Executive Briefings

Supply Chain Cash Flow Smoothes Out Amid Cautious Holiday Inventory Strategies

The December Supply Chain Index from Cortera provides additional evidence that retailers were cautious in their 2009 holiday inventory strategies, resulting in less debt and better cash positions. The monthly index measures accounts receivable activities among manufacturers, distributors and wholesalers, retailers, services, and transportation companies.

The December results were largely consistent with levels from November 2009, marking the second consecutive month of conditions historically seen in the months following a holiday shopping season but rarely seen during peak shopping months.

In recent years, payments and related cash flow throughout the supply chain slowed as various stakeholders took on more trade-related debt as they built up seasonal inventories. In such "normal" conditions, payments increased and debt became more current in January, as fresh cash received from holiday sales in November and December was used to pay suppliers and quickly sped its way through the supply chain. In contrast, Cortera's December 2009 SCI showed such behavior occurring during -- not after -- the holiday season. This provides further evidence to widespread reports that retailers were employing more cautious, upfront inventory strategies with little expectation of replenishing stock throughout the shopping season.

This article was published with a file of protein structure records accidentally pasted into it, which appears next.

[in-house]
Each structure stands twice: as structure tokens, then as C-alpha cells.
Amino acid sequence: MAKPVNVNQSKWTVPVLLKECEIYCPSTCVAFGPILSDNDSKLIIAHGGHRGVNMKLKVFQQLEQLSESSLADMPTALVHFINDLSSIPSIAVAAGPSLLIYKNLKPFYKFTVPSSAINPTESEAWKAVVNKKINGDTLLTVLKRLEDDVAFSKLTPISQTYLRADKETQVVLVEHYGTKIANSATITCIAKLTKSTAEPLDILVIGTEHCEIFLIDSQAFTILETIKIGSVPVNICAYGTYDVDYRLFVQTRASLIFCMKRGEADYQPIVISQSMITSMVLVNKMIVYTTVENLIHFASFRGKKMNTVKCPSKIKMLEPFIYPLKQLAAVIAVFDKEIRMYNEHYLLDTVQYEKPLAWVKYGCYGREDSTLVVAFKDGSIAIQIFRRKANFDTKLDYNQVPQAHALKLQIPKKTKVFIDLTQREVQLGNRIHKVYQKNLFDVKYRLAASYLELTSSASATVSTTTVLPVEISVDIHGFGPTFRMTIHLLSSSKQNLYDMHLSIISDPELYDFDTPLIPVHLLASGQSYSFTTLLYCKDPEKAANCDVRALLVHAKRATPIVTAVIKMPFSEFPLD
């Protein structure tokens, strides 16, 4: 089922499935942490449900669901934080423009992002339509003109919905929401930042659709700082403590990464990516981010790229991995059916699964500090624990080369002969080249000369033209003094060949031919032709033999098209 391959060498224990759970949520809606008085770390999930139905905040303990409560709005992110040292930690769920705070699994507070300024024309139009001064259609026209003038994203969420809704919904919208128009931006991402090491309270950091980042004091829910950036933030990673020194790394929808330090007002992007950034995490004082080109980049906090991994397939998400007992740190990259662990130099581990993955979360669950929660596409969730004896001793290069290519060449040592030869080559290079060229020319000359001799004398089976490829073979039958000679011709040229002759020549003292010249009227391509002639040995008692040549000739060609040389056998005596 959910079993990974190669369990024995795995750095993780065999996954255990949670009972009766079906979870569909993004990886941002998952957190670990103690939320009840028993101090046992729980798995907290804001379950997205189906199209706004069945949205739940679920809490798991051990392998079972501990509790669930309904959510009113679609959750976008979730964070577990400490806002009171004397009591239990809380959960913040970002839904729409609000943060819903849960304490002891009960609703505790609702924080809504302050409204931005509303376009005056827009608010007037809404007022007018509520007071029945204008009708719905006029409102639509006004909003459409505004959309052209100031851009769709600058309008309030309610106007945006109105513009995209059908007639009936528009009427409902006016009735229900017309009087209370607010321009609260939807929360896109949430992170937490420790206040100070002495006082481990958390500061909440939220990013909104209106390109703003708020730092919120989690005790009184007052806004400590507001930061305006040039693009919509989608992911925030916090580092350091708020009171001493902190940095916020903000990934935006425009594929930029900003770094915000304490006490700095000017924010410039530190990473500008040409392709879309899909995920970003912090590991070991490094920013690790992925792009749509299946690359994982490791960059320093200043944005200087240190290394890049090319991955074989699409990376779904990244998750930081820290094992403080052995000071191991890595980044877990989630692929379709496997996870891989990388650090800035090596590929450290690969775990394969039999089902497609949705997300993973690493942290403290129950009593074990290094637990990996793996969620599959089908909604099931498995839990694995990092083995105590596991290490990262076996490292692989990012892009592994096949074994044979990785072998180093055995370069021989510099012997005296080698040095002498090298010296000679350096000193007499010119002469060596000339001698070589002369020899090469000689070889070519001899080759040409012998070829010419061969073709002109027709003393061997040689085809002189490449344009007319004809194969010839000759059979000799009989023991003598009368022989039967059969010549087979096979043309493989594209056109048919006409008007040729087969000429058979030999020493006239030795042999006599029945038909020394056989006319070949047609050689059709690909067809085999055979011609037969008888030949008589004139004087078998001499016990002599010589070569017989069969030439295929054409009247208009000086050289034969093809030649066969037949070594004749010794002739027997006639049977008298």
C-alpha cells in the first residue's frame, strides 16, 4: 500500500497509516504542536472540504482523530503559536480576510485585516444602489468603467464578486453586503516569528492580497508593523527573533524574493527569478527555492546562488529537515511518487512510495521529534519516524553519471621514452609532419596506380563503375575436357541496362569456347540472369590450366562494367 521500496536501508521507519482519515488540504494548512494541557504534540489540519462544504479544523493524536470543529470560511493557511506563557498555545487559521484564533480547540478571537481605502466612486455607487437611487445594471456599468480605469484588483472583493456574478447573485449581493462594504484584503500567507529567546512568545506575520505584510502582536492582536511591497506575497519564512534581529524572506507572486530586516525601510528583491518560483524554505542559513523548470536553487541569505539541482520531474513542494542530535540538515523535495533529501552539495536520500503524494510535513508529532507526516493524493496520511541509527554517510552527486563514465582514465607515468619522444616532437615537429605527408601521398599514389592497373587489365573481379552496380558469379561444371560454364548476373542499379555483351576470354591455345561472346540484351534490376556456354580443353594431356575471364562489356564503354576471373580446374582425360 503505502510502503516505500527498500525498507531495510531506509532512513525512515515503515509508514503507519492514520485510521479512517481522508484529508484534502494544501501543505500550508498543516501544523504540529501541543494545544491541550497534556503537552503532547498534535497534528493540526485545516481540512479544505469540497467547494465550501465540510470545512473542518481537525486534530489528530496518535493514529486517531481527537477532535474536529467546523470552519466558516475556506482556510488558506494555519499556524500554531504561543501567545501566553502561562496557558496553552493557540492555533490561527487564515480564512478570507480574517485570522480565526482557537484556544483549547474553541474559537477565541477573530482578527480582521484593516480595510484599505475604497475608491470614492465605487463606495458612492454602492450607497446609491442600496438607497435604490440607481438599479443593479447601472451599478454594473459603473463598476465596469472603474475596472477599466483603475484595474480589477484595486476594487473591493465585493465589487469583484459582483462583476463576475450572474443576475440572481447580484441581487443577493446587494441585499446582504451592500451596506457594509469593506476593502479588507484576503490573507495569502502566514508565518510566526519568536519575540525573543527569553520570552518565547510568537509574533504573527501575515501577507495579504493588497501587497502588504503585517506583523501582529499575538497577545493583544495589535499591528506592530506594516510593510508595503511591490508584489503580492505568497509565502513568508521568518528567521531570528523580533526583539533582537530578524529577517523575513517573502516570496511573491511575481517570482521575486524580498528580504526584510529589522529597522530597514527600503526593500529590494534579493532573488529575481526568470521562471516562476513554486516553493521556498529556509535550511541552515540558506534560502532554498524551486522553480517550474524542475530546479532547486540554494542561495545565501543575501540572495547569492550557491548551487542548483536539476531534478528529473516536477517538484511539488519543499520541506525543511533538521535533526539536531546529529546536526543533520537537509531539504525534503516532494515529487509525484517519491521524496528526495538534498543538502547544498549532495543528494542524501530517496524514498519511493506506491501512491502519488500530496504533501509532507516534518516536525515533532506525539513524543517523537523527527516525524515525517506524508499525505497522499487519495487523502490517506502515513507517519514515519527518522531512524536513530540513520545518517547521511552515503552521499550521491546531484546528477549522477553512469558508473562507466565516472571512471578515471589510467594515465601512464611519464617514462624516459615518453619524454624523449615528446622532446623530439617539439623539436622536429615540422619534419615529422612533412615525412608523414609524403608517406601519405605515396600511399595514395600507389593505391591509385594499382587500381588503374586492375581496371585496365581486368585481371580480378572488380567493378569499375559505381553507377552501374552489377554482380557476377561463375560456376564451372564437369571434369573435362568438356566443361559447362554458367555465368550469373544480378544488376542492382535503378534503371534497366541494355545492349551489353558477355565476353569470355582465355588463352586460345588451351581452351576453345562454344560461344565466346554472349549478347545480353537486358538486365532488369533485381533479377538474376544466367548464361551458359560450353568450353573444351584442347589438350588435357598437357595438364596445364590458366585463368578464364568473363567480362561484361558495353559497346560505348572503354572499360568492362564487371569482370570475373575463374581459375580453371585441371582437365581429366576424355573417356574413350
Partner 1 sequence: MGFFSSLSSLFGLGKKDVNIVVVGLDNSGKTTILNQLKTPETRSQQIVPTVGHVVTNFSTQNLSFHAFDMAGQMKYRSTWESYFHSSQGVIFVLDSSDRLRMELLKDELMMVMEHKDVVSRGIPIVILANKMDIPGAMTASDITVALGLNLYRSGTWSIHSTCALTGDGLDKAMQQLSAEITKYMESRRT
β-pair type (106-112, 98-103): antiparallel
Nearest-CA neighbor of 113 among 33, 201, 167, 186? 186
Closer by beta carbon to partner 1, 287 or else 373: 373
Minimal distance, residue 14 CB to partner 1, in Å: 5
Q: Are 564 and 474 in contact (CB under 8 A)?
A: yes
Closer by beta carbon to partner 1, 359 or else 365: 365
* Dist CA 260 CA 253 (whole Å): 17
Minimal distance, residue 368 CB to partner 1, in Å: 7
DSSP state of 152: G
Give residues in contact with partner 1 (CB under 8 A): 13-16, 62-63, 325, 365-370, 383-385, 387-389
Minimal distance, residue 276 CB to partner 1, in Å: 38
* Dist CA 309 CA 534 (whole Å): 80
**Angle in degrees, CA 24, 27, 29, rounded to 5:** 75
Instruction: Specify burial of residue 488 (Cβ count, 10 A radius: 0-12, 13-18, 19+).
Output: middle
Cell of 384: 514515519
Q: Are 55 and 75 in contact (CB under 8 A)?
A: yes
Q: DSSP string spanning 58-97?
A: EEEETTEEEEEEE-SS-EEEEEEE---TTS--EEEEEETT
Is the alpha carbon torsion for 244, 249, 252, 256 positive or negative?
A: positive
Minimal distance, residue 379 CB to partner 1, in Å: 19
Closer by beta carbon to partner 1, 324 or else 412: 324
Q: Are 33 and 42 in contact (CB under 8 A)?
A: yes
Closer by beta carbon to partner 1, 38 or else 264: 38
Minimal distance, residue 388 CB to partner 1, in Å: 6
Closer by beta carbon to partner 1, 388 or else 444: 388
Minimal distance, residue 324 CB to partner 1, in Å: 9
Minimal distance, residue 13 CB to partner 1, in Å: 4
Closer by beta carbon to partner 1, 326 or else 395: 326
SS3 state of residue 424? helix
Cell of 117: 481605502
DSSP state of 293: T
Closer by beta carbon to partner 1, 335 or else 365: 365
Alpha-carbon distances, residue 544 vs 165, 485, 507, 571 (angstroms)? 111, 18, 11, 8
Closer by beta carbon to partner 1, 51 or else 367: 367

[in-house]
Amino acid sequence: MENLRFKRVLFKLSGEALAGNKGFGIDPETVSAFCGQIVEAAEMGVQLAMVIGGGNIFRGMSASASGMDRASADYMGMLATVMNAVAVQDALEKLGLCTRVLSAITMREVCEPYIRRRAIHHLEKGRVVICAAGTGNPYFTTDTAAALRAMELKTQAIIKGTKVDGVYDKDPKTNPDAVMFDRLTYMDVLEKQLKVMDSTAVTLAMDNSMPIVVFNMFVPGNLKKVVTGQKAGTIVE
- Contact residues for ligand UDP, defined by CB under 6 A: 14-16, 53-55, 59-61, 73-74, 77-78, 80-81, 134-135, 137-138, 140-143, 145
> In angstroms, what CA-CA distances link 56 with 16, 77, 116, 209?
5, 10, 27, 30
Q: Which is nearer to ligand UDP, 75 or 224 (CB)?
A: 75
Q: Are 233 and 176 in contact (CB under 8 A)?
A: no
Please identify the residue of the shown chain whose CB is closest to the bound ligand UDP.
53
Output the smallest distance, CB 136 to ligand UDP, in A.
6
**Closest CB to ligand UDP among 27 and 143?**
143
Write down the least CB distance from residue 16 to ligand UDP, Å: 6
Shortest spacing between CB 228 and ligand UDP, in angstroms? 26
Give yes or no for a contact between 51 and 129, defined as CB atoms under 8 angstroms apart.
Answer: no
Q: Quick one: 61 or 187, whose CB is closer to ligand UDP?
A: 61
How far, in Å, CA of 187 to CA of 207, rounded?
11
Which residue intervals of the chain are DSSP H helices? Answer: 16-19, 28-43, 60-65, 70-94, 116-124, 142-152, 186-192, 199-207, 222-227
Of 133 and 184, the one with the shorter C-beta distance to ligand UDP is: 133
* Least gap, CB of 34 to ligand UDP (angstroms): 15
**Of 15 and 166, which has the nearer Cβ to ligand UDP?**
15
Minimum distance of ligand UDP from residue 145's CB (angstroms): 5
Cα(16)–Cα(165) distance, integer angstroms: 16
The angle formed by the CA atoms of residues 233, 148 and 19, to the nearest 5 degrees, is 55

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The December Supply Chain Index from Cortera provides additional evidence that retailers were cautious in their 2009 holiday inventory strategies, resulting in less debt and better cash positions. The monthly index measures accounts receivable activities among manufacturers, distributors and wholesalers, retailers, services, and transportation companies.

The December results were largely consistent with levels from November 2009, marking the second consecutive month of conditions historically seen in the months following a holiday shopping season but rarely seen during peak shopping months.

In recent years, payments and related cash flow throughout the supply chain slowed as various stakeholders took on more trade-related debt as they built up seasonal inventories. In such "normal" conditions, payments increased and debt became more current in January, as fresh cash received from holiday sales in November and December was used to pay suppliers and quickly sped its way through the supply chain. In contrast, Cortera's December 2009 SCI showed such behavior occurring during -- not after -- the holiday season. This provides further evidence to widespread reports that retailers were employing more cautious, upfront inventory strategies with little expectation of replenishing stock throughout the shopping season. 

Read Full Article